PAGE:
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A Great Swindle Of Which Ole Bull Was The Victim

A Great Swindle Of Which Ole Bull Was The Victim image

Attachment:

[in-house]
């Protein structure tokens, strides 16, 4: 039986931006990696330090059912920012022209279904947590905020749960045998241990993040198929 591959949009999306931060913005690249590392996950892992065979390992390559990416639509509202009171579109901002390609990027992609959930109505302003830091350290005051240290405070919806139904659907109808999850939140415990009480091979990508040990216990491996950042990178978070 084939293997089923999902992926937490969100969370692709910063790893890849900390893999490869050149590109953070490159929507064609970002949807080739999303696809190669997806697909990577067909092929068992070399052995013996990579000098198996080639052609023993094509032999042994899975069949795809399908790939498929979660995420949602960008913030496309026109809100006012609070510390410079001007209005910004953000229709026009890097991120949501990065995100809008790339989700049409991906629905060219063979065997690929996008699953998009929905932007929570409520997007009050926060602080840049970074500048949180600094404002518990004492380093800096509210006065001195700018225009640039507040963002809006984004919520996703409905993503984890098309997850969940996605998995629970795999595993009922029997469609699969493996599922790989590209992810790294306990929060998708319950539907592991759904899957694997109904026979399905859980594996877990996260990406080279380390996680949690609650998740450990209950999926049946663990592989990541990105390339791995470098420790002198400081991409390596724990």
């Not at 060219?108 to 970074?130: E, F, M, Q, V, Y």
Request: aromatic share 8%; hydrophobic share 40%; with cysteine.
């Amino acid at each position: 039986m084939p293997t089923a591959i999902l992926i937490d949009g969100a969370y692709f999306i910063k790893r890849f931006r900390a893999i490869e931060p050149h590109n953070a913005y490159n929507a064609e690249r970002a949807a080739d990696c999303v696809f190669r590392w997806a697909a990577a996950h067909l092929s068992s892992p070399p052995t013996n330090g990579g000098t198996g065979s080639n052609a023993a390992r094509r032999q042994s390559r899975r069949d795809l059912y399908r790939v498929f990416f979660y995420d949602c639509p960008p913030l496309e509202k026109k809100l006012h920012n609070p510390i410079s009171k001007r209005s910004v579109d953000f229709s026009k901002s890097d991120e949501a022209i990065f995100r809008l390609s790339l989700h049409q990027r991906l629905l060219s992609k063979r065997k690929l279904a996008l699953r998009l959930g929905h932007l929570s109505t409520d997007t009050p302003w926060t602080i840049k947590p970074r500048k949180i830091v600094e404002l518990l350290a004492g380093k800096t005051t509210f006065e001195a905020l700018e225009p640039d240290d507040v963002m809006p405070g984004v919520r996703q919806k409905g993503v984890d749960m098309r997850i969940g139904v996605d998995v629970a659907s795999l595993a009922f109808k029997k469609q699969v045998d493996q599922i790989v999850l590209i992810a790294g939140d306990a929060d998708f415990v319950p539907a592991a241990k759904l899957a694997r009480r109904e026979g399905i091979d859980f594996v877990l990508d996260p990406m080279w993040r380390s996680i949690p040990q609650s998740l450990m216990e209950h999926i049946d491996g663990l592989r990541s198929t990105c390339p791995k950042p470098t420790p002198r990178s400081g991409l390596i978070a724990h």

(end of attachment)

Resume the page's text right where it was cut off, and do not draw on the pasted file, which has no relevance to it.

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Nw Brgon Letter to the Tltosville Hemld. About 30 or 35 year.s ago Ole Bnlt, the Xorwegian violinist; wiih mie of those idiosyncrasies peculiar t" jncn of genius, turned his attentioti WHtrtotiiiiiig and spoculations in lumbar. EngatfiiiK a niunber of hiti eountrymen, who liad reached New York on their way to the fortile tields of the west, he brought trom here, laid out a city, and erected cubins fr their U8. He purchased an immense tract of land in thi. rumión trom pari os iu New Vork, and made preparations to open up tbe torests on a grand i-cale. About six miles below here, on Kcttle creek, high up on the summit of tho nioumains, he built for hiuiselt a home. Eudeavoring to implant in this wilderness some memories of the land he liad left, he constructed a castle and furnished it with all the eiubellishments that could be imported into this out-of-the way place. A beautiful rund windiug up the mountain side on a gradual ascent led to his retreat. Artibts were brought from afar to add to the ttplendor of his castle, and tbe pa'mter and gilder gave their handiwork to complete the simcture, whilu paper of the most expunsive kind uovered tho walls and added ïLs charius to to the ediBce. Uue inaiumotb room was set apart as tbe concert hall, and here Ole Buil exercised all his ingenuity in i is decoration. The roof was coiuposed of glass, and the barbarie spleudur was wi'il calculat ed to uiake oue iorget the outside .-urroundings and yielu themselves to the subtle strains of the violin and enter with spirit into the gayeties anl tcstivities wilh whiib (.)le Buil tried tu surround bun self. Uut a!l this was dooraed to molder and decay. Uefore the artisans had yet ceased their labor trouble began to show itself. Dis-atisfaction began to manifest itself aiuong those who come with liim tu this. land, and akhough he expended uioney freely and tried to bring peace and harmony among his retainers, the spectre of rebellion would not vanish. About this time, too, he disoovered tbat the tule to his land was not wortb the cost of its writing. He bad bought it from parties wbo bad no claim on it whatever, and now the real owner carne forward and asserted his rights. Overwhelmed by tbe thiekening tmublus tbat came ou bim, he suddeuly abandoned all and reappeured again among the haunts of civilization, and, with his beloved violin as his companion, began to retrieve his wasted fortune by treading the boards behind tbe footlights. The colony he bad brought with hiin, being left without a leader, gradually broke up and became scattered far and wide. Now scarcely one retnains behind to teil the story and record the history of New Bergen. The castle on the mountain top suffered from the ravages of time anl tbe desi oliation of the curioity-seeker. Hundreds visited the place,and most all carried away sotue memento of this "Ole Bull's Folly," till now scarcely a log remains to mark the spot. The only reminder of the past is in the name of the httle village that clusters around the fout of tbe mountain. It is ealled Oleona, which is supposed to be what remains after the "bórtetring process" of "Ole-ownsit."